The Punishment Book

CODE, SCHEDULE IV.

I. – Every School must have:-
(e) A Punishment Book in which all cases of corporal punishment must be recorded.

I have the Punishment Book for our school. It resides, along with other archive documents, in my office; a reminder that we are mere custodians of the school’s heritage.

It begins on 1st November 1922 and ends on 16th December 1980. 58 years of state-approved administration of pain in the pursuit of proper conduct and good character.

The first entry, on 17th November 1922, records a deferred punishment for “hitting _______ violently in the face”.

On 2nd December the same year, one stroke of the cane is had for the lesser offence of “Eating in school after repeated warnings”.

And so the book records each stroke…

Disobedience and untruthfulness feature frequently. Inattention leads to one stroke. Playing in the lavatory: one stroke. And so on, through the decade and on to the next.

And then an eerie silence begins. It is 1939. Punishment does not stop; it transfers to the battlefront.

On 13th November 1953, perhaps the least serious offence of “Whistling in class” results in a lash on each hand. Some weeks later, the same fate for “Cheek”.

Misbehaviour on the bus. Smoking on the bus. Swearing on the bus. All so familiar to the contemporary teacher.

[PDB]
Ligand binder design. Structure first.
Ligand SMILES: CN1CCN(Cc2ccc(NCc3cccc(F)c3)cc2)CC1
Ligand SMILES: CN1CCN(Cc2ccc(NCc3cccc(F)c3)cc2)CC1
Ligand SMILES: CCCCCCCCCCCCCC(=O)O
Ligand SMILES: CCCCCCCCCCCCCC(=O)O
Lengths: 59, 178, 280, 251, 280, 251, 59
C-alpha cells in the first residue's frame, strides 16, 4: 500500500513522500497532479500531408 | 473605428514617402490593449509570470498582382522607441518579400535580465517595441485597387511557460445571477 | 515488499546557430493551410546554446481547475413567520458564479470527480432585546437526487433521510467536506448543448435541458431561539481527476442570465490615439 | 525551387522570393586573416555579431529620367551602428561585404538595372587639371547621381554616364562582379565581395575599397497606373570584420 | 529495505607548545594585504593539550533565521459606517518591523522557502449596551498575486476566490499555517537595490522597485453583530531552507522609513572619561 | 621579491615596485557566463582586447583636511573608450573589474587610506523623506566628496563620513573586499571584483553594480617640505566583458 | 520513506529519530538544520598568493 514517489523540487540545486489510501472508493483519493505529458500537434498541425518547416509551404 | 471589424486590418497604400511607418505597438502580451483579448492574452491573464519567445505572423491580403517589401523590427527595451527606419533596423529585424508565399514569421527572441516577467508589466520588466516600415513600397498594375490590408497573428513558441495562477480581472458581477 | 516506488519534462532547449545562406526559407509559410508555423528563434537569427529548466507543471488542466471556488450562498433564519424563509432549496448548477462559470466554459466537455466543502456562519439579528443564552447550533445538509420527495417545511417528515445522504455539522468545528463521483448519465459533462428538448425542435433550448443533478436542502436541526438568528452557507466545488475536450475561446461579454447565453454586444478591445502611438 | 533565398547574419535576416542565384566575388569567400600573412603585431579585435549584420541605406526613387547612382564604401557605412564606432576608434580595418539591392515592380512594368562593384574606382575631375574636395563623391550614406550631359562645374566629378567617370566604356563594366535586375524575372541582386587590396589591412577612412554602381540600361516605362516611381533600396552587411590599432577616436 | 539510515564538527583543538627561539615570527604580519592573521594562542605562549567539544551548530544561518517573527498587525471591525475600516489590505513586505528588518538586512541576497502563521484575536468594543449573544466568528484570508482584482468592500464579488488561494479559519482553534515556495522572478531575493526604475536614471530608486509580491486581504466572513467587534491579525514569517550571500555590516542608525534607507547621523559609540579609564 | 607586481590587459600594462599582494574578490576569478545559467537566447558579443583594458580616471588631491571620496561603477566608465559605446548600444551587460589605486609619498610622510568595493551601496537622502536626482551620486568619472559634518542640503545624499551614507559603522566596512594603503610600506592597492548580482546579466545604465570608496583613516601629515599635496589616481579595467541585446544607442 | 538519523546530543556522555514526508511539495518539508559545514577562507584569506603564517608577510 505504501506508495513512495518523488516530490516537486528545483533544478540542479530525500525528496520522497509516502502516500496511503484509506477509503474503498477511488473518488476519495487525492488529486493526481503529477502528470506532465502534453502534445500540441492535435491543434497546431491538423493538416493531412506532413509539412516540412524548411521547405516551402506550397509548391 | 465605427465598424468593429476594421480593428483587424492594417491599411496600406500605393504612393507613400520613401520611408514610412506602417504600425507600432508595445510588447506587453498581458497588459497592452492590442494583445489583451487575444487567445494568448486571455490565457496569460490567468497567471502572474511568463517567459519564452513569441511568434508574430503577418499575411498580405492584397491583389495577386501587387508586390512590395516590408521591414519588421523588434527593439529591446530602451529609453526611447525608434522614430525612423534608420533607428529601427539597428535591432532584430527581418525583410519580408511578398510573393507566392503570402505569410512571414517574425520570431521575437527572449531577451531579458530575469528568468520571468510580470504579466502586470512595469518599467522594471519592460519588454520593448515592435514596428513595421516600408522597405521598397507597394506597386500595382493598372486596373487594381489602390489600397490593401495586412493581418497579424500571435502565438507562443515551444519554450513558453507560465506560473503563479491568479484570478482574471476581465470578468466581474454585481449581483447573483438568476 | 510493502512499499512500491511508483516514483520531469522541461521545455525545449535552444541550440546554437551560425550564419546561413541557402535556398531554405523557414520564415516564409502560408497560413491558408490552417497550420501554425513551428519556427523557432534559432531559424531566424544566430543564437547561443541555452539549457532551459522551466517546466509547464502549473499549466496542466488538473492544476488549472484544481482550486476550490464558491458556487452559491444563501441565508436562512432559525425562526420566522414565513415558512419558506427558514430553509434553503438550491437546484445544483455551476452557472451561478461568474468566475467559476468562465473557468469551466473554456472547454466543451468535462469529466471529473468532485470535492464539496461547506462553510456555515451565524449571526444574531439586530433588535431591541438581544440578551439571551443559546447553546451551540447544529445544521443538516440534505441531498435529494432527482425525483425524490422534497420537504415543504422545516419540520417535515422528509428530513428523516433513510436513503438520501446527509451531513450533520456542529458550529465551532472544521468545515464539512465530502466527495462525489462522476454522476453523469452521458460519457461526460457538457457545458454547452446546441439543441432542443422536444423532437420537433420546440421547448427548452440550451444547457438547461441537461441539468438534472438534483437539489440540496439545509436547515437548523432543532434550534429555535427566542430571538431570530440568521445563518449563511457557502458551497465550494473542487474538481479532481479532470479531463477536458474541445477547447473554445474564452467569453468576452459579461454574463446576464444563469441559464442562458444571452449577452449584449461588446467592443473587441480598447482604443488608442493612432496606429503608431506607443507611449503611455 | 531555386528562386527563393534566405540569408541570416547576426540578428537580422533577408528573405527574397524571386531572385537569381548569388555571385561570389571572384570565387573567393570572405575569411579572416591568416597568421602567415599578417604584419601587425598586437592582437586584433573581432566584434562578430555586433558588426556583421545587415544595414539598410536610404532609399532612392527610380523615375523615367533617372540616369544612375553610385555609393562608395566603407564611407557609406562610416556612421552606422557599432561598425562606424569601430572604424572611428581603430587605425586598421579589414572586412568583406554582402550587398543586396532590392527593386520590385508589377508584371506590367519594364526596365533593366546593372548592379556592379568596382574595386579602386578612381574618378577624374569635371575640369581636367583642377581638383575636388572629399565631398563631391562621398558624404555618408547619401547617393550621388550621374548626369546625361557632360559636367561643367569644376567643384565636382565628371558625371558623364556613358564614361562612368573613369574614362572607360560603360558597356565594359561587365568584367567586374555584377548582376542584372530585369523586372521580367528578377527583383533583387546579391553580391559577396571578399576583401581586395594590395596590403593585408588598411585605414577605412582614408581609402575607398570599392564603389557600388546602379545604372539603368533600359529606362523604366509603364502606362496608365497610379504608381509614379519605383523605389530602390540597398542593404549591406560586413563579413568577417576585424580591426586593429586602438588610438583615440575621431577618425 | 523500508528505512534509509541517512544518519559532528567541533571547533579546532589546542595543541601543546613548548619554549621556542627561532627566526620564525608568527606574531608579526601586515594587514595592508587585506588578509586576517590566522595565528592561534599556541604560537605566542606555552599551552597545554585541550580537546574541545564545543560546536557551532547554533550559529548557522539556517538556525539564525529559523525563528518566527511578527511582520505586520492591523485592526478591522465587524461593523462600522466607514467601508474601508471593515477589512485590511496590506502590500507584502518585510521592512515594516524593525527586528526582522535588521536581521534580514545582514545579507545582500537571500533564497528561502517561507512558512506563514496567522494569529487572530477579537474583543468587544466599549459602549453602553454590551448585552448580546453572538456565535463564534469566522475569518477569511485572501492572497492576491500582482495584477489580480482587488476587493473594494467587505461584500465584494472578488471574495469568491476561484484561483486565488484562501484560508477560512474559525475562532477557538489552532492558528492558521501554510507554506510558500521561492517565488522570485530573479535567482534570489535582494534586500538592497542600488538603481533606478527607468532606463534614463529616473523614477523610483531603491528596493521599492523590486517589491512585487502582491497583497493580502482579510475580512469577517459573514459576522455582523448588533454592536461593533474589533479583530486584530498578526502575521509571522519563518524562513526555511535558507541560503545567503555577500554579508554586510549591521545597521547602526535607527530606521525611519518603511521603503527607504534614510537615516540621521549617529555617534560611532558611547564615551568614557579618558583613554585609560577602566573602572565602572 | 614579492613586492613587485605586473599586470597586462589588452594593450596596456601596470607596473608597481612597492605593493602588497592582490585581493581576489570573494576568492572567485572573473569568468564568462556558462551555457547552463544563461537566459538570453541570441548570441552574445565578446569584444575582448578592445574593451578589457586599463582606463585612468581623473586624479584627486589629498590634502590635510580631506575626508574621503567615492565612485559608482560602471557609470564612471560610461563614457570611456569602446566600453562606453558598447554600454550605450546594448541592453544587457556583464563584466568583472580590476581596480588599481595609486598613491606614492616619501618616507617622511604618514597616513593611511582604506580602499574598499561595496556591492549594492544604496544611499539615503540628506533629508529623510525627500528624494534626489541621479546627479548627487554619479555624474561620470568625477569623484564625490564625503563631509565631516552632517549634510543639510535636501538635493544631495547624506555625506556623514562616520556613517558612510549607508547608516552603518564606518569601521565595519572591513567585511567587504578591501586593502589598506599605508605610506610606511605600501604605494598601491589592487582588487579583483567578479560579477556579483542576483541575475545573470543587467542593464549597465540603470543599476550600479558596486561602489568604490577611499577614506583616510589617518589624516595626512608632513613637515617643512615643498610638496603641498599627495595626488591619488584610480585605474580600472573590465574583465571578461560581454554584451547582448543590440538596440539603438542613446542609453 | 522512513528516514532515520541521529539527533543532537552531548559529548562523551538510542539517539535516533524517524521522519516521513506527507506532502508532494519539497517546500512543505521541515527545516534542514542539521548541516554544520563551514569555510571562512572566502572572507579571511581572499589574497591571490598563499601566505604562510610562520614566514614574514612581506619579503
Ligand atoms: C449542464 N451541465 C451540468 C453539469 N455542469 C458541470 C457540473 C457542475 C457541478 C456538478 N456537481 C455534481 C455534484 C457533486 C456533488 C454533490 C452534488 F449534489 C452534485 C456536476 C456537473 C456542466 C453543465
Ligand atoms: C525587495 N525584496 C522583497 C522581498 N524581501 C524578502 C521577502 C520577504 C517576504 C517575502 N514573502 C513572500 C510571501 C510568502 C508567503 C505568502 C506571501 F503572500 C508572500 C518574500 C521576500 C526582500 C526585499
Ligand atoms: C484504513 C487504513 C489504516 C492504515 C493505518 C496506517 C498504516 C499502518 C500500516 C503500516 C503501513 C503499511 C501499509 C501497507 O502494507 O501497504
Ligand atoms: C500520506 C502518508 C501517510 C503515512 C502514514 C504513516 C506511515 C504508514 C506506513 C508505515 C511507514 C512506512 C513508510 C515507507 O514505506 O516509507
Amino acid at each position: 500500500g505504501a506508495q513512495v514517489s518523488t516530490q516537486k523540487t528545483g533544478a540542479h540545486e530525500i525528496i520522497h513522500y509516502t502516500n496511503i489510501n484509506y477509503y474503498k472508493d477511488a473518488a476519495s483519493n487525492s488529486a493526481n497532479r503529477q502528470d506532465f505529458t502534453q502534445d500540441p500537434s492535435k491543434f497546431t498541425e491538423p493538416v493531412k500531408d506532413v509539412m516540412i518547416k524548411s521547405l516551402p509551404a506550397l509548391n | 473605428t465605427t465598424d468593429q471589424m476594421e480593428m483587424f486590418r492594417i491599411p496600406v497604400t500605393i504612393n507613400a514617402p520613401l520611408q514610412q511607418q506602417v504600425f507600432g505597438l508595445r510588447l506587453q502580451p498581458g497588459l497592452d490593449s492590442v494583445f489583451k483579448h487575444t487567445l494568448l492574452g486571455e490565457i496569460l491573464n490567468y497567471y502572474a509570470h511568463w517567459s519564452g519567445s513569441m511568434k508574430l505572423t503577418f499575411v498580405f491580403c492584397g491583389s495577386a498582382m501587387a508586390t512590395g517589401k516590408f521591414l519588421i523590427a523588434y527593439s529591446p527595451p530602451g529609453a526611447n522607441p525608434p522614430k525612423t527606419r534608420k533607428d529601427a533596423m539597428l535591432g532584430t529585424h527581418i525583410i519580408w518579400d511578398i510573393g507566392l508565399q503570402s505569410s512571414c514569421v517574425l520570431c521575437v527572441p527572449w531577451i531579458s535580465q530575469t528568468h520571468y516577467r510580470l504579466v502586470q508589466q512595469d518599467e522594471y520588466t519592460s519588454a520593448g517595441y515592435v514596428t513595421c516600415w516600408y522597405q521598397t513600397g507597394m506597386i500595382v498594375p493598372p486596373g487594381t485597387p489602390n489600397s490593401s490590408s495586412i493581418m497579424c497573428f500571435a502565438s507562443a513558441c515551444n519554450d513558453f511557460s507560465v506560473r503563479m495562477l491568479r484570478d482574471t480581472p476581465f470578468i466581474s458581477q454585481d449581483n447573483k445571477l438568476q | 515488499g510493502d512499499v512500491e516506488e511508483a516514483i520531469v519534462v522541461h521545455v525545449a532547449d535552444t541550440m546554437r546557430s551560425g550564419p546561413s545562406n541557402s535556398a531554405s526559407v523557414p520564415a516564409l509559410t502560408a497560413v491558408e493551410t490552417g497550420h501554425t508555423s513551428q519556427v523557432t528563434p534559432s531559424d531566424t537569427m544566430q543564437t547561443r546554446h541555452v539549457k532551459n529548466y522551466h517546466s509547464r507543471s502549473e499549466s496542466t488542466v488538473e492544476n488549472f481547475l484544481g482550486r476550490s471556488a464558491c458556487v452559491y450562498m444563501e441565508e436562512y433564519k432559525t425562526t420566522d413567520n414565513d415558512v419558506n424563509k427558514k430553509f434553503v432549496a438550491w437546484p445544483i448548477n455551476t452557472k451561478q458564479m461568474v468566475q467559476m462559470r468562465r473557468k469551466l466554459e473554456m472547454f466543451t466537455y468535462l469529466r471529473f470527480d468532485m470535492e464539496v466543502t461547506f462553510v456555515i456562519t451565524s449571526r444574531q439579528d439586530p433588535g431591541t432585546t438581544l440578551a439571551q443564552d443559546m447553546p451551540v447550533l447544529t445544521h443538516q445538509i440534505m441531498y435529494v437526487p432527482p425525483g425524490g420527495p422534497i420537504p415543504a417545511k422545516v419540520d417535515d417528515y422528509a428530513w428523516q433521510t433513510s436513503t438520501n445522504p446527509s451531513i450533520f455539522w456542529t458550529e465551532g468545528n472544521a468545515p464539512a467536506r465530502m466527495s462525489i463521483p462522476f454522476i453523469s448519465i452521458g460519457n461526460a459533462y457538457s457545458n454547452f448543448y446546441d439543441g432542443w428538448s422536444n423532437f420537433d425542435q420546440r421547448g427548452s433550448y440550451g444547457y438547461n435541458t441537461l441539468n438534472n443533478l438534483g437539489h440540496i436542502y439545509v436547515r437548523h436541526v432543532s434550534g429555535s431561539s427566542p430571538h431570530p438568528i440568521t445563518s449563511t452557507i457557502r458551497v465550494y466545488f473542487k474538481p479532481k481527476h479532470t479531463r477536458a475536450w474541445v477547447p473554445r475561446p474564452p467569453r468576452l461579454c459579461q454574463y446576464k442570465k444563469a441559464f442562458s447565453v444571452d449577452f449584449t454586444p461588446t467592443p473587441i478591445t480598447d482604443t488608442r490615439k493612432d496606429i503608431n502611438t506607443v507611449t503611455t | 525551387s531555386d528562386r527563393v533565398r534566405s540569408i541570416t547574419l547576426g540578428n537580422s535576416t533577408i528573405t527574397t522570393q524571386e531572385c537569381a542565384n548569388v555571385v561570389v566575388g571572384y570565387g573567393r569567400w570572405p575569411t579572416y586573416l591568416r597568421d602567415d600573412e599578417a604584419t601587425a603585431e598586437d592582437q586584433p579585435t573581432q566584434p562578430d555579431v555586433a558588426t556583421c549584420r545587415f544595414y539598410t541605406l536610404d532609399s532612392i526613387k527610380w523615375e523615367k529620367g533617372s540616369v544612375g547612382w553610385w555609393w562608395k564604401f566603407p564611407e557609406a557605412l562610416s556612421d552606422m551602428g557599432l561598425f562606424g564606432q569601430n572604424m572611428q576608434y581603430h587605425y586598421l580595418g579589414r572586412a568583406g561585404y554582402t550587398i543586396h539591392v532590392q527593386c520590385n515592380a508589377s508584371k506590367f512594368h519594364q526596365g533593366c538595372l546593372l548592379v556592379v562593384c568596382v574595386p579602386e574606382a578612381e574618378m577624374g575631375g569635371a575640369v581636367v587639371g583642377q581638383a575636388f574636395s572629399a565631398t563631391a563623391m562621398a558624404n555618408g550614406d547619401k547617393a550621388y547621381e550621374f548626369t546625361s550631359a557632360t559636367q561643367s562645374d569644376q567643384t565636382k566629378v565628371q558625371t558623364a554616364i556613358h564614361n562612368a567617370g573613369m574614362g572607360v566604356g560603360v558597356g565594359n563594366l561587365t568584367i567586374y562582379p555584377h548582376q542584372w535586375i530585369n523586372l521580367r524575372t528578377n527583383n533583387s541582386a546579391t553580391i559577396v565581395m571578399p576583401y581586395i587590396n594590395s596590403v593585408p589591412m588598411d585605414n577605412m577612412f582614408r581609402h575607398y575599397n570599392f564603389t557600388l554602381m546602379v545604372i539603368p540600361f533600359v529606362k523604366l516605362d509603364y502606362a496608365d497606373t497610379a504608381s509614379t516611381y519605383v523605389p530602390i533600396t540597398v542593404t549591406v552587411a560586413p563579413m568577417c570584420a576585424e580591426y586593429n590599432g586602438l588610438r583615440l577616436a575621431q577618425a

By the 1950s there are names I recognise; local families who have sent generations to the school, certain behaviours passed down like heirlooms.

By the 1960s, explicit reference to girls appear as the school becomes co-ed. Three strokes for “Splashing the girls”. All of them?

In each era the initials are recorded for the master charged with administering the punishment. From 1959 to 1963 the same initials are scrawled on page after page after page. Dozens of instances of corporal discipline, perhaps into the hundreds. Sometimes many times in a week.

I’ve met some of these “boys”, all my senior. They are decent people. Due to or despite of their school experiences, I wonder?

The frequency of records is relentless throughout the 50s and 60s, part due to the increasing size of the school but also possibly a sign of the age of teenage rebellion. Rock and Roll has a lot to answer for.

By the 1970s, the practice of inflicting pain to deter misconduct declines significantly. Is this where enlightenment began? Had society added enough bricks to the wall?

The first instance of “indecent assault” on “4 girls” leads to three boys receiving a swift rebuke. Then the presumably more consensual “fooling around with a girl in detention” is dealt with with equal vigour.

At the bottom of the last ragged page… four students… smoking. 16th December 1980. Was this the end of an era, or just the end of a book?

Flicking through the pages I find it hard to cast judgement. The Punishment Book was a product of its time. Those that administered and received each stroke followed society’s expectations; each played their role. It happened. Everyone has moved on.

In the contemporary debate about punishment we talk in absolute terms. We forget that we are all a product of our moment in history, prisoners of the here and now. We can claim the moral high ground, but the ground is shifting beneath our feet and time will cast our decisions in a different light.

What, thankfully, doesn’t change is that children can be naughty. It is a necessary part of figuring out how they fit in, and how they can stand out. Every generation has its Punishment Book.

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